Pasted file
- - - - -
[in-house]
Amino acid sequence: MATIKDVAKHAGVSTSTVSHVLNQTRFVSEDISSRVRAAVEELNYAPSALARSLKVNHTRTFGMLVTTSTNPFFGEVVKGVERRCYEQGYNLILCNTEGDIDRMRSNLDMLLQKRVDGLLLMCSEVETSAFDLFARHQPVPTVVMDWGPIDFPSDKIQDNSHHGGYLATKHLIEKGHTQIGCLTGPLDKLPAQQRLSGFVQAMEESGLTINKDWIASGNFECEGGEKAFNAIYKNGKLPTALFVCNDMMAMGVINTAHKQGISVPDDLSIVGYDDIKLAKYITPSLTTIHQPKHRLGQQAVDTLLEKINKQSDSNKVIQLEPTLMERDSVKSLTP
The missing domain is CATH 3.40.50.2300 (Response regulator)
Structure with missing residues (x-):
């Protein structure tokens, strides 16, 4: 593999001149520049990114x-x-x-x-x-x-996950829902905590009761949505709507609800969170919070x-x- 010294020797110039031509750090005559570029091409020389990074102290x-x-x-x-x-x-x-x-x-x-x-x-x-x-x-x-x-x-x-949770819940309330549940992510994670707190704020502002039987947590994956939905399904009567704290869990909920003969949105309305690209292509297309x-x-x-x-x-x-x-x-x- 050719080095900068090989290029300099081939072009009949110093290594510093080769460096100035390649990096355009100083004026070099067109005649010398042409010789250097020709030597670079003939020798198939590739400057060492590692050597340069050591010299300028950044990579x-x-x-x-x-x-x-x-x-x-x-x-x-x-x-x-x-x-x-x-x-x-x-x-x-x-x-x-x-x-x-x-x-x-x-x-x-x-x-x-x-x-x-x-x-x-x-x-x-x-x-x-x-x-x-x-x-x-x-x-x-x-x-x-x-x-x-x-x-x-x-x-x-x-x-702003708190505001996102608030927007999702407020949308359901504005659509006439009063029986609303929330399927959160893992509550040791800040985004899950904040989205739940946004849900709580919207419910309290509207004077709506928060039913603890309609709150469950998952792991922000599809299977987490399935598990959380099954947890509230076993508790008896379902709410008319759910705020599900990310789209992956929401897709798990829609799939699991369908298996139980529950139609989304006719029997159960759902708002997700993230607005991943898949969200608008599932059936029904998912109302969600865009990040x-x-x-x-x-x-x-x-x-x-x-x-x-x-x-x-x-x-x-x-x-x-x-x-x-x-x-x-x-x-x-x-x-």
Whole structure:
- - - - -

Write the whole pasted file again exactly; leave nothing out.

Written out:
[in-house]
Amino acid sequence: MATIKDVAKHAGVSTSTVSHVLNQTRFVSEDISSRVRAAVEELNYAPSALARSLKVNHTRTFGMLVTTSTNPFFGEVVKGVERRCYEQGYNLILCNTEGDIDRMRSNLDMLLQKRVDGLLLMCSEVETSAFDLFARHQPVPTVVMDWGPIDFPSDKIQDNSHHGGYLATKHLIEKGHTQIGCLTGPLDKLPAQQRLSGFVQAMEESGLTINKDWIASGNFECEGGEKAFNAIYKNGKLPTALFVCNDMMAMGVINTAHKQGISVPDDLSIVGYDDIKLAKYITPSLTTIHQPKHRLGQQAVDTLLEKINKQSDSNKVIQLEPTLMERDSVKSLTP
The missing domain is CATH 3.40.50.2300 (Response regulator)
Structure with missing residues (x-):
């Protein structure tokens, strides 16, 4: 593999001149520049990114x-x-x-x-x-x-996950829902905590009761949505709507609800969170919070x-x- 010294020797110039031509750090005559570029091409020389990074102290x-x-x-x-x-x-x-x-x-x-x-x-x-x-x-x-x-x-x-949770819940309330549940992510994670707190704020502002039987947590994956939905399904009567704290869990909920003969949105309305690209292509297309x-x-x-x-x-x-x-x-x- 050719080095900068090989290029300099081939072009009949110093290594510093080769460096100035390649990096355009100083004026070099067109005649010398042409010789250097020709030597670079003939020798198939590739400057060492590692050597340069050591010299300028950044990579x-x-x-x-x-x-x-x-x-x-x-x-x-x-x-x-x-x-x-x-x-x-x-x-x-x-x-x-x-x-x-x-x-x-x-x-x-x-x-x-x-x-x-x-x-x-x-x-x-x-x-x-x-x-x-x-x-x-x-x-x-x-x-x-x-x-x-x-x-x-x-x-x-x-x-702003708190505001996102608030927007999702407020949308359901504005659509006439009063029986609303929330399927959160893992509550040791800040985004899950904040989205739940946004849900709580919207419910309290509207004077709506928060039913603890309609709150469950998952792991922000599809299977987490399935598990959380099954947890509230076993508790008896379902709410008319759910705020599900990310789209992956929401897709798990829609799939699991369908298996139980529950139609989304006719029997159960759902708002997700993230607005991943898949969200608008599932059936029904998912109302969600865009990040x-x-x-x-x-x-x-x-x-x-x-x-x-x-x-x-x-x-x-x-x-x-x-x-x-x-x-x-x-x-x-x-x-």
Whole structure: